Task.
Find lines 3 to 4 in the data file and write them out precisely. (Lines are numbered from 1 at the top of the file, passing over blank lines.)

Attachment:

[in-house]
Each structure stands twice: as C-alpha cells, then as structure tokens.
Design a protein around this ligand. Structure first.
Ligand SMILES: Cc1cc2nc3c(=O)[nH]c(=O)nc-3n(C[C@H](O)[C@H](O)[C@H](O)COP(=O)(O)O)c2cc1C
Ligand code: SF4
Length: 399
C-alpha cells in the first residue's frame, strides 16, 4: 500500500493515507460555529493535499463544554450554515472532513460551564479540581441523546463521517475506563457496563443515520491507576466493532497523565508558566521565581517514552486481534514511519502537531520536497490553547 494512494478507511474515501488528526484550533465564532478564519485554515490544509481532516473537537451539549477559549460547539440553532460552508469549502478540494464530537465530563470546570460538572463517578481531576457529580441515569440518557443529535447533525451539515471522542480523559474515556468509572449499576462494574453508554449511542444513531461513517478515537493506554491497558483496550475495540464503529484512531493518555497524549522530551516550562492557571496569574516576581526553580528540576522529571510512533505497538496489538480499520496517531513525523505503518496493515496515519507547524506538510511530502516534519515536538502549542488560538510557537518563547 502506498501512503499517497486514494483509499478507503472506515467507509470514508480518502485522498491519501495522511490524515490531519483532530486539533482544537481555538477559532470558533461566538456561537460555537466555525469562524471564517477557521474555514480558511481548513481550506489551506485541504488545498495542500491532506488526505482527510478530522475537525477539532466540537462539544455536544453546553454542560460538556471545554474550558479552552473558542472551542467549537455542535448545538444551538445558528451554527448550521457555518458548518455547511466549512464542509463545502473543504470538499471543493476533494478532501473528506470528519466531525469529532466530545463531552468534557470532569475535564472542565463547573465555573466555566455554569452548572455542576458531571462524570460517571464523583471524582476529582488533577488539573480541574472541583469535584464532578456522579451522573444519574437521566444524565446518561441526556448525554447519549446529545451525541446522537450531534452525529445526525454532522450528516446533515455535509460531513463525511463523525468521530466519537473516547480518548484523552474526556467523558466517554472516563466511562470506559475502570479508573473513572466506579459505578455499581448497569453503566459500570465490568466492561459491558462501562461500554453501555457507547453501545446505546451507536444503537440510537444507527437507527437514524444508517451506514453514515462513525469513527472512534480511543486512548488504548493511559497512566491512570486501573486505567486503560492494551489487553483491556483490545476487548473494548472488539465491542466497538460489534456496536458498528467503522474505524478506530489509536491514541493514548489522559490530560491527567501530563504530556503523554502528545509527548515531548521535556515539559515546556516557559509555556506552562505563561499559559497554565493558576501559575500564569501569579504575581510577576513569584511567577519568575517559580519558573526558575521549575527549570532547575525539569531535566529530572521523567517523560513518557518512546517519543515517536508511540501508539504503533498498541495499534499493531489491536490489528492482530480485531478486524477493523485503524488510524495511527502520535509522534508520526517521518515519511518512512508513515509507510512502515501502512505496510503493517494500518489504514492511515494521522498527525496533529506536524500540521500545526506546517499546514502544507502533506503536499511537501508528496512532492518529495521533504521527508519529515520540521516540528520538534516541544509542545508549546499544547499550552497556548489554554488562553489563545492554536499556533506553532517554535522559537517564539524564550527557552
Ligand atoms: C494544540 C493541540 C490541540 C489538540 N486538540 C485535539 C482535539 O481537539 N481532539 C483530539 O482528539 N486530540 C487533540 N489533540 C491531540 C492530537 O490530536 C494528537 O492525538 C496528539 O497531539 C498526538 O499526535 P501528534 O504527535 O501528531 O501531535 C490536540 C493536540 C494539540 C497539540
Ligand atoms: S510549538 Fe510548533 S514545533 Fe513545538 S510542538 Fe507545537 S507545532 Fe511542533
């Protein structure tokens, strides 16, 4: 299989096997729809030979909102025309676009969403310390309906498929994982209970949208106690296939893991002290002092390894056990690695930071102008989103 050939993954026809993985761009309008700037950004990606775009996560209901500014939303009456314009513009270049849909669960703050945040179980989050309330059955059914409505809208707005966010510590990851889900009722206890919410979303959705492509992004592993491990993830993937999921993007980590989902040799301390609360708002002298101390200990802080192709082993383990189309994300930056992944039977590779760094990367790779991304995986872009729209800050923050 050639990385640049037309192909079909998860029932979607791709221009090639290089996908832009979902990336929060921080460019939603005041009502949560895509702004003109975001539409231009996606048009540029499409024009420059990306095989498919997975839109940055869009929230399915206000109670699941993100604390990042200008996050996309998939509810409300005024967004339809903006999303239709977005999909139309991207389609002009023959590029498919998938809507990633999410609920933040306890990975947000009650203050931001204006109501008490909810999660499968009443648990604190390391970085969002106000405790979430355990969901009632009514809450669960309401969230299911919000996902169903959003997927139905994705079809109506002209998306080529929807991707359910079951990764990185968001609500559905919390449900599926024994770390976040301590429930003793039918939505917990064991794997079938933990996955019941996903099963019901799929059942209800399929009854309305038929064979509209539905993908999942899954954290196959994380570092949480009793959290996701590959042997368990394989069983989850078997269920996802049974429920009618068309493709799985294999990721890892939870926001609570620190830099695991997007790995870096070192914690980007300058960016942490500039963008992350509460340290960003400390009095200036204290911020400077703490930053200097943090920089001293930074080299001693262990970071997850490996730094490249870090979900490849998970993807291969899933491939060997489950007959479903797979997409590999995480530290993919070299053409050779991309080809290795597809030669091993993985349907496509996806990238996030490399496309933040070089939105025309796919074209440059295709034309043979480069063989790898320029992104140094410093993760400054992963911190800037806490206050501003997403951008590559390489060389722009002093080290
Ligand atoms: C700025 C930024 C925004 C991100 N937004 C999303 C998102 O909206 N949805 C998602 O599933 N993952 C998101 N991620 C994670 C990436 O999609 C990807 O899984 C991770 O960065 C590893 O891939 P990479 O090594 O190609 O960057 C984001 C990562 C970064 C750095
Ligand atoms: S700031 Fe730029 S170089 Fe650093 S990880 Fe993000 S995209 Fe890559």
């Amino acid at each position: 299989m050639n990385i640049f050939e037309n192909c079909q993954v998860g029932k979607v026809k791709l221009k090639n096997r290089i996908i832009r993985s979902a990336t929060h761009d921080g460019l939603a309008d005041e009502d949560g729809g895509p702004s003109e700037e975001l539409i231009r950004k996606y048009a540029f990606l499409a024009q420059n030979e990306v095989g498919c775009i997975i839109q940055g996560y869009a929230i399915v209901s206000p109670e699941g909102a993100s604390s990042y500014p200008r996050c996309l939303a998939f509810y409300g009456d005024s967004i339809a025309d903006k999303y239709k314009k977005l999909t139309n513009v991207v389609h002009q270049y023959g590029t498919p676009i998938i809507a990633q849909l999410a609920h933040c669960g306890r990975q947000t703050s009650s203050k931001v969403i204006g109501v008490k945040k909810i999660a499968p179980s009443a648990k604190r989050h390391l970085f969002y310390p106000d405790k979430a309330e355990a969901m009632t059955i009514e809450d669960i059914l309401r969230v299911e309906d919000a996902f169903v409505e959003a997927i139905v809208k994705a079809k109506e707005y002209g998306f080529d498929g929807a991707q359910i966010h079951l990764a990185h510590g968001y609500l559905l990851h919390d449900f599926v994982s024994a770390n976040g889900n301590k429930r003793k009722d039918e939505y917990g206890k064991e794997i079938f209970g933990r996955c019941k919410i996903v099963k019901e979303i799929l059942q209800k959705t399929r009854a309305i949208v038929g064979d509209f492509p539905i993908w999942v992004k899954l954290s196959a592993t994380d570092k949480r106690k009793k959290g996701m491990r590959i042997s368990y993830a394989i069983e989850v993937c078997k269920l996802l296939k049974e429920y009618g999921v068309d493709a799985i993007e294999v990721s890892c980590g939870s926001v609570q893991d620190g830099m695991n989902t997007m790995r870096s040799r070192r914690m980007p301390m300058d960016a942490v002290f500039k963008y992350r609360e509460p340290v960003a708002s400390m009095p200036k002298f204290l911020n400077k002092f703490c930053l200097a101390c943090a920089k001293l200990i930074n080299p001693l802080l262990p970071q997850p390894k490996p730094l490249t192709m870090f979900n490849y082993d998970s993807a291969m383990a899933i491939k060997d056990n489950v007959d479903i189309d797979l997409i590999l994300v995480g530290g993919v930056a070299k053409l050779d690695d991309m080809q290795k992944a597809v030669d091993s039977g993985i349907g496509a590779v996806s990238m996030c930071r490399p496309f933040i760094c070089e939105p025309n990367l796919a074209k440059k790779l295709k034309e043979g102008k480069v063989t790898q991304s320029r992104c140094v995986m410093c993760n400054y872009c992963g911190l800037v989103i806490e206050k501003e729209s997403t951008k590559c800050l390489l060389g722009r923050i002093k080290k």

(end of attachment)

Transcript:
Design a protein around this ligand. Structure first.
Ligand SMILES: Cc1cc2nc3c(=O)[nH]c(=O)nc-3n(C[C@H](O)[C@H](O)[C@H](O)COP(=O)(O)O)c2cc1C